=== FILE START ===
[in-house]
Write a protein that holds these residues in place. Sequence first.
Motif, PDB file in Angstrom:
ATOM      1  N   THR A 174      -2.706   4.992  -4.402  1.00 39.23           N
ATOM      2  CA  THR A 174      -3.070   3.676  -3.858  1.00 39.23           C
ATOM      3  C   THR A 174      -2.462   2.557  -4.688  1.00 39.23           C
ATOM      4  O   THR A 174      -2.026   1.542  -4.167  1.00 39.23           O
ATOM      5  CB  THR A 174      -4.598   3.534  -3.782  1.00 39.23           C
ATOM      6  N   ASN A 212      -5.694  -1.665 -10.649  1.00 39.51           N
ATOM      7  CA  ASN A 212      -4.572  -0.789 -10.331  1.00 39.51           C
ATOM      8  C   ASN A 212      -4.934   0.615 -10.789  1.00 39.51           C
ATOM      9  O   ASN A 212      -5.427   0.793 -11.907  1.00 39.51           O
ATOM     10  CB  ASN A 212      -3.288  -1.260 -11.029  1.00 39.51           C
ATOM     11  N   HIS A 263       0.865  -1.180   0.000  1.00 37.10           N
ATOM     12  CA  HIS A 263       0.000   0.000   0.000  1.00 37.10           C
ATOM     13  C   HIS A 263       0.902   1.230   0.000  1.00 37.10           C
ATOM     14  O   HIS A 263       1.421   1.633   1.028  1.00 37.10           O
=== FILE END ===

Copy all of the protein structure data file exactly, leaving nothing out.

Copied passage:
[in-house]
Write a protein that holds these residues in place. Sequence first.
Motif, PDB file in Angstrom:
ATOM      1  N   THR A 174      -2.706   4.992  -4.402  1.00 39.23           N
ATOM      2  CA  THR A 174      -3.070   3.676  -3.858  1.00 39.23           C
ATOM      3  C   THR A 174      -2.462   2.557  -4.688  1.00 39.23           C
ATOM      4  O   THR A 174      -2.026   1.542  -4.167  1.00 39.23           O
ATOM      5  CB  THR A 174      -4.598   3.534  -3.782  1.00 39.23           C
ATOM      6  N   ASN A 212      -5.694  -1.665 -10.649  1.00 39.51           N
ATOM      7  CA  ASN A 212      -4.572  -0.789 -10.331  1.00 39.51           C
ATOM      8  C   ASN A 212      -4.934   0.615 -10.789  1.00 39.51           C
ATOM      9  O   ASN A 212      -5.427   0.793 -11.907  1.00 39.51           O
ATOM     10  CB  ASN A 212      -3.288  -1.260 -11.029  1.00 39.51           C
ATOM     11  N   HIS A 263       0.865  -1.180   0.000  1.00 37.10           N
ATOM     12  CA  HIS A 263       0.000   0.000   0.000  1.00 37.10           C
ATOM     13  C   HIS A 263       0.902   1.230   0.000  1.00 37.10           C
ATOM     14  O   HIS A 263       1.421   1.633   1.028  1.00 37.10           O